Gallery Luisotti is delighted to announce its upcoming exhibition Mies Model Study (Golf Club) by gallery artist Joachim Brohm. Produced in 2013, the series serves as a trace of a temporary 1:1 scale model of a previously unbuilt golf clubhouse of Ludwig Mies van der Rohe’s design from 1930. Situated on a hill on the outskirts of Krefeld, Germany, the model was built in May of 2013 and was dismantled in December of the same year. Seven photographs, a mixture of black and white and color, will be installed evenly around the gallery, producing an architecturally grounded viewing experience that heightens the subject matter of the works.
At first seeming merely descriptive of the project, conceived of by Belgian architect Paul Robbrecht, the photographs reveal themselves to be deeply analytical, interpretive and even re-interpretive of the history of the site and Mies’ biography as well. That history begins with an architectural competition between the established Berlin architect Ludwig Mies van der Rohe, at that time director of the Bauhaus, and local Krefeld architect August Biebricher. Mies’ sweeping single-story plans, which he rendered at a 1:200 scale, handily won. Due to the Great Depression, however, the funds for the clubhouse could not be raised, and the project was canceled. The plans would go on to be preserved at Mies’ archive at the Museum of Modern Art, where Robbrecht would happen upon them. At that point, the project to erect a full-scale model took on urgency.
Brohm perfectly captures the thematic goals of the project, primarily oriented around investigating Mies’ architectural style at the height of European modernism. Expansive, uncluttered volumes and clean sightlines along with a virtual co-existence with the surrounding fields and forest are rendered via the camera with a knowing objectivity. Brohm’s placement of the structure within the frame echoes architectural plans with head-on elevations and angled axonometric projections, which incidentally became dominant in European architectural schools in the 1920s. The shifting between color and black and white foregrounds to various degrees the finish of the model. In black and white, the walls of the clubhouse appear mostly uniform—complete even—and all that might be missing are the occupants. The color works serve to short-circuit that reading by plainly revealing the walls to be facades, hollow imitations. Whitewashed plywood has its raw obverse exposed in several examples.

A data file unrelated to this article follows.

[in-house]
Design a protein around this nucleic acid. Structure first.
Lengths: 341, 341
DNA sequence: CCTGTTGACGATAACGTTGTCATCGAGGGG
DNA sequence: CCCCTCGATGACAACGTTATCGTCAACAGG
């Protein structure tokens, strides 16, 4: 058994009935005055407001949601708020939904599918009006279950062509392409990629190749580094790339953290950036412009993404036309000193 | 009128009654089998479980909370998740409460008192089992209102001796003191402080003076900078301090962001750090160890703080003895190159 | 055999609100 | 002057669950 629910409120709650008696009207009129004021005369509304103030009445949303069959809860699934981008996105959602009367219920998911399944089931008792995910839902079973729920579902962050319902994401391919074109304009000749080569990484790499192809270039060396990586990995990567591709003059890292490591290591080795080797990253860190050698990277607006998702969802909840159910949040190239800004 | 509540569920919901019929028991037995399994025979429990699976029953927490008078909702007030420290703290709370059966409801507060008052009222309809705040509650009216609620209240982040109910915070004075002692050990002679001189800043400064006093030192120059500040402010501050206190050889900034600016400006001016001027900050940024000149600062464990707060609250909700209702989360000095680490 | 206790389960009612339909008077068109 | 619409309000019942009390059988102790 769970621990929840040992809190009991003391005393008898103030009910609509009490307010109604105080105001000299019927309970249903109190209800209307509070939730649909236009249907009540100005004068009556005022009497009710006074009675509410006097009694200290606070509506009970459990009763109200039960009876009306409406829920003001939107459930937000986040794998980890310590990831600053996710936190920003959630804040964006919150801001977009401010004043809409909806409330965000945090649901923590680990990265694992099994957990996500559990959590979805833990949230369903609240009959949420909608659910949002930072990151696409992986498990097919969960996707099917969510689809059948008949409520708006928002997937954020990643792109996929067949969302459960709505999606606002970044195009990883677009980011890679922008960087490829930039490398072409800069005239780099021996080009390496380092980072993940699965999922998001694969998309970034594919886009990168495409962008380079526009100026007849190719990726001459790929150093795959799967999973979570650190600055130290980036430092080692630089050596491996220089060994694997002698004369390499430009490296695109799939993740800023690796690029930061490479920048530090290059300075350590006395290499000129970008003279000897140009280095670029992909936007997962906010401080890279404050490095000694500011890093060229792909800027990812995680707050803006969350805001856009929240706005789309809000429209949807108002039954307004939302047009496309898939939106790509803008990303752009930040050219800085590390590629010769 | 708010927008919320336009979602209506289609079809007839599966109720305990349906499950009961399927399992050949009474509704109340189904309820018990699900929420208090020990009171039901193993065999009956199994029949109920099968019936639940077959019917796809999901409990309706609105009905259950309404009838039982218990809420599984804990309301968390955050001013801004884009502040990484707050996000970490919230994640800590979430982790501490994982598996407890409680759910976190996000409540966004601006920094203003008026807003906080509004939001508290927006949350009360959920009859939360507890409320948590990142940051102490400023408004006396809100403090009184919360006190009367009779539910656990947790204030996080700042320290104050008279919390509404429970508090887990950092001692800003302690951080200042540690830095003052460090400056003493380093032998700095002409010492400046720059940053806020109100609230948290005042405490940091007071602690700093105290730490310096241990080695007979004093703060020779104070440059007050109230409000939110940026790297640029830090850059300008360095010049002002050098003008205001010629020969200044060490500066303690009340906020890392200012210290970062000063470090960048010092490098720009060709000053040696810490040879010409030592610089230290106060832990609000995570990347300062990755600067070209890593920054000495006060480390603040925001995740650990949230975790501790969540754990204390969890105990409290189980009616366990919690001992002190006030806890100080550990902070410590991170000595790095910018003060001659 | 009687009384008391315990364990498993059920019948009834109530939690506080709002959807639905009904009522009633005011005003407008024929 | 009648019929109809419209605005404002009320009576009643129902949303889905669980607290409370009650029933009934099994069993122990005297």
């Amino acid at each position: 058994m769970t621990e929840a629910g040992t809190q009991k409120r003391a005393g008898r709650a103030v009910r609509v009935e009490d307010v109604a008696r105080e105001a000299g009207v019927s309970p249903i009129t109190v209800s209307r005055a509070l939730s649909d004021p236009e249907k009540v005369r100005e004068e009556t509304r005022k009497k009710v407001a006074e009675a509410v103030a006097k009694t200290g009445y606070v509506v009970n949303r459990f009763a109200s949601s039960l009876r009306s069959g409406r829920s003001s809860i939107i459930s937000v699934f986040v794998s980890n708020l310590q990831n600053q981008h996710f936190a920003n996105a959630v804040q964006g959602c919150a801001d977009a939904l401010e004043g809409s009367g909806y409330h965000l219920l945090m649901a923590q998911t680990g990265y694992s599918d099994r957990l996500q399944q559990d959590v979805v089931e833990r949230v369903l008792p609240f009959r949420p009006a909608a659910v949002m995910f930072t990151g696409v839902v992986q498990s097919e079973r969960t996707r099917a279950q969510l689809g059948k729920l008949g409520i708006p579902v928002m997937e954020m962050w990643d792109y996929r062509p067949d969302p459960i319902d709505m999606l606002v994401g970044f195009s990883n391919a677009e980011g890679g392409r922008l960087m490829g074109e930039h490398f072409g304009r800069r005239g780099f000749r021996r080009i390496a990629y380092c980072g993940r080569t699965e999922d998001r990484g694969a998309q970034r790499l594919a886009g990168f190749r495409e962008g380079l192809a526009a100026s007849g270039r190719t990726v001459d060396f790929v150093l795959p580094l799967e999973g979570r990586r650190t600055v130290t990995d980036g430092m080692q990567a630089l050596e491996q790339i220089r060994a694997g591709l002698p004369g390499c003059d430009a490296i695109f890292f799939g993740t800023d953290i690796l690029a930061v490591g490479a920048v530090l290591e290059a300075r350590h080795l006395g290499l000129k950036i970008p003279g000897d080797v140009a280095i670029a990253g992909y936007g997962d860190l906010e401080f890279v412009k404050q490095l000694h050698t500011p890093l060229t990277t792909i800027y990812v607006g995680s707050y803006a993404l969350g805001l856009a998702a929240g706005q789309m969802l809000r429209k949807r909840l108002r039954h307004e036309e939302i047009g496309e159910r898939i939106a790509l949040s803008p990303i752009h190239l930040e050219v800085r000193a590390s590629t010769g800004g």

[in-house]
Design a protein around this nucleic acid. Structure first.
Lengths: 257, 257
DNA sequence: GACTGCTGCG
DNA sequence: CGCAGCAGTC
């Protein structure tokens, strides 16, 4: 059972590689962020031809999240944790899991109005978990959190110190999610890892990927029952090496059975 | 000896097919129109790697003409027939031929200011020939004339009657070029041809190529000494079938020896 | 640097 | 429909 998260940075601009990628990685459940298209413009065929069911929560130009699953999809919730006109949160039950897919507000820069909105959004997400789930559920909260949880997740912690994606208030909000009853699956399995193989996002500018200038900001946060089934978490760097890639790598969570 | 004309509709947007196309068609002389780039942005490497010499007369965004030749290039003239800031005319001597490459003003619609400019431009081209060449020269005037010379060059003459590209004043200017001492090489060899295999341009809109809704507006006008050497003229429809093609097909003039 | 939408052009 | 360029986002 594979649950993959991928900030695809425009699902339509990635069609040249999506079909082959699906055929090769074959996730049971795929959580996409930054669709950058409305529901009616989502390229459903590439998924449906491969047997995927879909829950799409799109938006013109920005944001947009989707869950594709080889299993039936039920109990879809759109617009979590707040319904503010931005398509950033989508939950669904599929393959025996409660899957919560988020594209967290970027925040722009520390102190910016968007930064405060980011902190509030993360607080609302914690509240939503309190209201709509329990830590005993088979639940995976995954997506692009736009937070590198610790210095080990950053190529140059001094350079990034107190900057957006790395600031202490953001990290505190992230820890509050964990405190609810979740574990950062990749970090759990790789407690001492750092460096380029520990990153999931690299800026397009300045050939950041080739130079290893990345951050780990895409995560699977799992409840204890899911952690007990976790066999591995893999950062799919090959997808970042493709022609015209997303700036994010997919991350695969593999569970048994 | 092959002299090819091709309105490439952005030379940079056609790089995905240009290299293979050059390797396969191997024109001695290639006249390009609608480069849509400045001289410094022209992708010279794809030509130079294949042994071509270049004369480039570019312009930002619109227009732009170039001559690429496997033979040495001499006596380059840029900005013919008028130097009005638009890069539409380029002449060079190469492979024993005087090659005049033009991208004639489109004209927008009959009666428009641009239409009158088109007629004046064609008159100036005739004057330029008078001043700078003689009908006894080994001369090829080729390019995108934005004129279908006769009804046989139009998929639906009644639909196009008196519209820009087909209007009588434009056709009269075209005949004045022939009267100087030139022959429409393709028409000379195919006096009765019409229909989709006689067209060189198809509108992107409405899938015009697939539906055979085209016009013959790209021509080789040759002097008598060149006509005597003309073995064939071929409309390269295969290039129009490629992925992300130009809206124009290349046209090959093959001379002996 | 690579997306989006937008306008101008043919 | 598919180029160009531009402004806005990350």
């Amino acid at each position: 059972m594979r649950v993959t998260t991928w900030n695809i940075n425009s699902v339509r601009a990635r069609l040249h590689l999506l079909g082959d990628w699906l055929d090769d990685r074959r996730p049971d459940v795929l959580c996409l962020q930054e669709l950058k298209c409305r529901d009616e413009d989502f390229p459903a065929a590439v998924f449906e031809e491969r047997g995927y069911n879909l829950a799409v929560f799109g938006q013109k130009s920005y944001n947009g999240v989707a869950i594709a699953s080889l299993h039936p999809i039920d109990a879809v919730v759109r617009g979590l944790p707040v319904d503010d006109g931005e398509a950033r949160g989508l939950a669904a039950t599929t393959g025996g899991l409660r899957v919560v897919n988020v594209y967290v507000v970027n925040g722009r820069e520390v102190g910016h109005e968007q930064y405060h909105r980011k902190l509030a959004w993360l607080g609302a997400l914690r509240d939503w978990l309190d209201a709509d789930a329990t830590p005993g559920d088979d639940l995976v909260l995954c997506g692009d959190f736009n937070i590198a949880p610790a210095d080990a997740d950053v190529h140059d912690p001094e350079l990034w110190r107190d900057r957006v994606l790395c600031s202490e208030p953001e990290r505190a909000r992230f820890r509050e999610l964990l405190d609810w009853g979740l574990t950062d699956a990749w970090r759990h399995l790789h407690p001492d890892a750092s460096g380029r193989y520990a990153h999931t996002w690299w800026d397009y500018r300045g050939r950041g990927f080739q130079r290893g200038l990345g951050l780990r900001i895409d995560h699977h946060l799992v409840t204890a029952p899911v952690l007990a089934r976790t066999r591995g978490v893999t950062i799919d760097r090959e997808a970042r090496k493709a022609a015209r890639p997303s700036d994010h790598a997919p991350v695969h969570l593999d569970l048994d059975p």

The chrome-plated stanchions, which reflect their surroundings and support the roof structure, are the sole Miesian detail that was completely finished in the model. Brohm emphasizes the stanchions, making their importance to the project and to Mies’ design clear. The mirrored surfaces reflect in several directions the surrounding landscape. They serve as flashpoints that connect the interior of the clubhouse with its non-contiguous surroundings, primarily the tress that ring the site.
The life cycle of the Krefeld Golf Club is marked by potential and decay. At first never realized and the site then giving way to a German military field in the years leading up to World War II, history preserved Mies’ ideas that could then be realized. But the model was never intended to be permanent and was dismantled only months after its making. In this way, Brohm’s photographs are more closely aligned with the plans in Mies’ archive; they evince permanence in the face of a temporary reality.